If you’re properly adjusting to the Roman dietary schedule, a late lunch is in order after finishing at the Vatican. Head back toward the center of town to tuck into one of the most surprisingly hospitable restaurants in what is fast becoming a sea of tourist traps near the Pantheon. Armando Al Pantheon is a family-run restaurant that local food lovers will still visit for the good service and local, fresh ingredients.
Now it’s time to step up to the big leagues of Roman sightseeing, if you’re not exhausted yet. Start by walking to the Altare della Patria, or Alter of the Fatherland. This enormous monument to Italian Unification was completed in 1925. But, in 2007 an elevator was added that allows tourists to get high up into the structure for panoramic views of Rome.
Continue walking south toward the Roman Forum. You’ll be tempted by the Colosseum just beyond the Forum, but it’s a Roman traveler pro-tip to buy a 2-for-1 ticket to the Forum and Colosseum. If you start at the Forum–where lines are always shorter–you can then skip the line at the Colosseum. As long as you don’t spend too long exploring the ruins that comprise the Forum, you’ll have plenty of time to wander the massive arched hallways of the Colosseum before it closes in the evening. Expect your legs to be tired – but it’s worth it for how much you’ve packed into a single day!
Before calling it an early night, head to the Trastevere neighborhood for dinner – and possibly to partake in some nightlife afterward. It wouldn’t really be fair to leave Rome without trying some traditional Roman pizza, so consider Ai Marmi for thin-crust pies in a boisterous setting. Follow it up with gelato from Fatamorgana, easily one of the best and most creative gelaterias in the city–think flavors like avocado lime and white wine, or cream lavender and chamomile!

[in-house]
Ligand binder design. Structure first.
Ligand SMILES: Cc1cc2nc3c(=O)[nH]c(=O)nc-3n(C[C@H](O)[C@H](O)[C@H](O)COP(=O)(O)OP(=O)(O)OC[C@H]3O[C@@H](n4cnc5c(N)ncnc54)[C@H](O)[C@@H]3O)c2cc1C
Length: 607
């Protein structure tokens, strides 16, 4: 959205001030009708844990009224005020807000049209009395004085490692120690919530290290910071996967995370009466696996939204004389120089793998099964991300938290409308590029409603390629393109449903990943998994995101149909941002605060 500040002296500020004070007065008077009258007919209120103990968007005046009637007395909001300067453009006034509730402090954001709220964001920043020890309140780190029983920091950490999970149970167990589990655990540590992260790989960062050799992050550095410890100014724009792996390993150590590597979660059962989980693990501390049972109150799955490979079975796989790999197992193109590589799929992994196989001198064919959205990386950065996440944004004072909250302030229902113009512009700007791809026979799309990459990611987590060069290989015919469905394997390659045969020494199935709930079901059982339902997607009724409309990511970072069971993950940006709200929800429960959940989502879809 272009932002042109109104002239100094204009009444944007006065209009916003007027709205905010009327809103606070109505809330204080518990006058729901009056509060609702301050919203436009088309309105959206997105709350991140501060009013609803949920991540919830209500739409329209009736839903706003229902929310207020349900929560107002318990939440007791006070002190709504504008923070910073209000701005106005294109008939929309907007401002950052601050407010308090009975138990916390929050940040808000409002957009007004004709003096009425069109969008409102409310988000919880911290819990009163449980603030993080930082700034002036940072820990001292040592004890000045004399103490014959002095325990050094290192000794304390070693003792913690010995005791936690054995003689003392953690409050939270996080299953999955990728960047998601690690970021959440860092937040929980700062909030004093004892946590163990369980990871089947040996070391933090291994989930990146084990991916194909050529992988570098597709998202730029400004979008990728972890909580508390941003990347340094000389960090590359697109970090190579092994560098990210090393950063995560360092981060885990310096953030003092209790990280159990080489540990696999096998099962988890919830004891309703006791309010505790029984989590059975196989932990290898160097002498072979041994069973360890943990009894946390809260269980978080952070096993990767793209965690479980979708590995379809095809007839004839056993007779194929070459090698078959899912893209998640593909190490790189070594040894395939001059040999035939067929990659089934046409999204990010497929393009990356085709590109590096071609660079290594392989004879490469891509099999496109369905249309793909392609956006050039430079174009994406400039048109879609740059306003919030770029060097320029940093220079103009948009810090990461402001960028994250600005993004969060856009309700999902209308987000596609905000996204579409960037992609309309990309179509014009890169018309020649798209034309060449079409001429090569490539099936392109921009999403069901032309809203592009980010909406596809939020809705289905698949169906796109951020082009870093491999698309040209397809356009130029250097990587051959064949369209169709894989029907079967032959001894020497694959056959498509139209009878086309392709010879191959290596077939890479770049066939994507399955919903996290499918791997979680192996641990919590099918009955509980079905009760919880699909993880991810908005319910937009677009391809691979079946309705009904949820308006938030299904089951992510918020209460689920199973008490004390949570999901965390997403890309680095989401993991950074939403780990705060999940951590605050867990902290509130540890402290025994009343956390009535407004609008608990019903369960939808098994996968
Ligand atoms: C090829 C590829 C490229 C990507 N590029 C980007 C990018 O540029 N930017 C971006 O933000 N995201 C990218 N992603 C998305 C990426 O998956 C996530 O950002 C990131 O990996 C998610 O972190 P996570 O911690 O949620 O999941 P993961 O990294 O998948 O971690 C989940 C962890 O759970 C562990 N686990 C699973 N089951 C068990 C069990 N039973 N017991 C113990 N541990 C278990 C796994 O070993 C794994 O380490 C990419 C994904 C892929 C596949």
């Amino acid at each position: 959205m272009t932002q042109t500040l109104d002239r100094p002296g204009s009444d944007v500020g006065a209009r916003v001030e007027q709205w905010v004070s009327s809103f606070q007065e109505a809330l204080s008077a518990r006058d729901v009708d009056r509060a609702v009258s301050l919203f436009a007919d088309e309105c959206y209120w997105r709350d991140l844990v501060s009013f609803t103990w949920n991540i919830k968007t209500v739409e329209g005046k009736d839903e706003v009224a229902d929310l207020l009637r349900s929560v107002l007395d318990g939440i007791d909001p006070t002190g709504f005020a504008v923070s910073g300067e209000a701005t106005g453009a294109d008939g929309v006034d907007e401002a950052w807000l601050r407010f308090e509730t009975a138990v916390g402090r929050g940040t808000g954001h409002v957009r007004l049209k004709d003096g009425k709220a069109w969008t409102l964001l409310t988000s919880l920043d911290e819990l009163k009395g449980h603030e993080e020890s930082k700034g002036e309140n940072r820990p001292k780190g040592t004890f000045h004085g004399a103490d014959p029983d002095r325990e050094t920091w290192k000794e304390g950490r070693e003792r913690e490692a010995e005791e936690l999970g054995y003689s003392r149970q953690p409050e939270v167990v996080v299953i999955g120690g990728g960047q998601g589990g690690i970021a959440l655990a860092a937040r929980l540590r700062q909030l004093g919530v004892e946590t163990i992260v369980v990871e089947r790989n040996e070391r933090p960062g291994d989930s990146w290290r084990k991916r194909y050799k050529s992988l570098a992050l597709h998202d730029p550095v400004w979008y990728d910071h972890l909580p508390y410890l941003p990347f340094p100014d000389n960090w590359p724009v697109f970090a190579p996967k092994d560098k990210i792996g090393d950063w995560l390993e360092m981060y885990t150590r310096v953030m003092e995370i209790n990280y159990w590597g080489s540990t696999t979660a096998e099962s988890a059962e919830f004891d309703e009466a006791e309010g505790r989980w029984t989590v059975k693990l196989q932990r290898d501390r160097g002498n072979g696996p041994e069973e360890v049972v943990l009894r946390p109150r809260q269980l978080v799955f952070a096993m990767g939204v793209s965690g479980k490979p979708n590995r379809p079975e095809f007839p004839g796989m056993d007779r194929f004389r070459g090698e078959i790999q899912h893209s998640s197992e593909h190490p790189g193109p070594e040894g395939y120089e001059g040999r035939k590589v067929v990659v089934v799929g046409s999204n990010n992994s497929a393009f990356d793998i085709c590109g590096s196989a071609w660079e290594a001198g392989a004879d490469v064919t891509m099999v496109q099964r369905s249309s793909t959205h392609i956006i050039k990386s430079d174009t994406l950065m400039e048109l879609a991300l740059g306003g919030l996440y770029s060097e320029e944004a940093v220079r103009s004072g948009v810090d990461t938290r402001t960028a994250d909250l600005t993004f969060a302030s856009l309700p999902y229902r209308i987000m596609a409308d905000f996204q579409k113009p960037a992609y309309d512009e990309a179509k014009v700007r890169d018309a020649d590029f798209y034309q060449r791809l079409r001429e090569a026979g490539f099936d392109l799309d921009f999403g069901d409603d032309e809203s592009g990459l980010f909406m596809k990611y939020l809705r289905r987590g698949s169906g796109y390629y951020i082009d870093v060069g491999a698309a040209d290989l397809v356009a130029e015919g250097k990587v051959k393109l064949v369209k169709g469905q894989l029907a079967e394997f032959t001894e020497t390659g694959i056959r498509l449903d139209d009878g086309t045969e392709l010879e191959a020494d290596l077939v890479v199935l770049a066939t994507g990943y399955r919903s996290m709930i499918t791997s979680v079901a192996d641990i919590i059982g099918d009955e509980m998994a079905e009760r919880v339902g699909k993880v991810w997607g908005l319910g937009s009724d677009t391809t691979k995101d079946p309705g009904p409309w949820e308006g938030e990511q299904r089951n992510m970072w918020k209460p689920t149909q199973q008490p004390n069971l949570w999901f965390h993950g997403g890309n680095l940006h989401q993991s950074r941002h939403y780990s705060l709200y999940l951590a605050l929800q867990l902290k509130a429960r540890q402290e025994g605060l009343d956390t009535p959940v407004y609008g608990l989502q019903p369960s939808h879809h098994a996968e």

If you’re still not completely exhausted, stick to Trastevere for plenty of nighttime activities. While this neighborhood doesn’t have the same thumping bass as some of the more club-centric neighborhoods across the river, you can certainly find something to do. Craft beer lovers will enjoy sampling local brews at Ma Che Siete Venuti a Fà, and cocktail fans can enjoy well-mixed concoctions at Freni e Frezioni. People typically hang out quite late, so wandering around until you find something interesting is also a good plan.
Breakfast to Go
Whether you’re rushing off to the airport or hurrying to catch a train, be sure to grab a quick moment in the morning for another coffee stop. Bar Fondi is a good choice, and they also offer pastries including cornetto stuffed with every jam, jelly, and cheese you can imagine. Grab a bag of 2 or 4 to take with you if you’re in a hurry.
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Have you spent 36 hours in Rome? What were your impressions? Email us at [email protected] for information about sharing your experience and advice with the Pink Pangea community. We can’t wait to hear from you
36 Hours in Rome, Italy photo credits by Unsplash.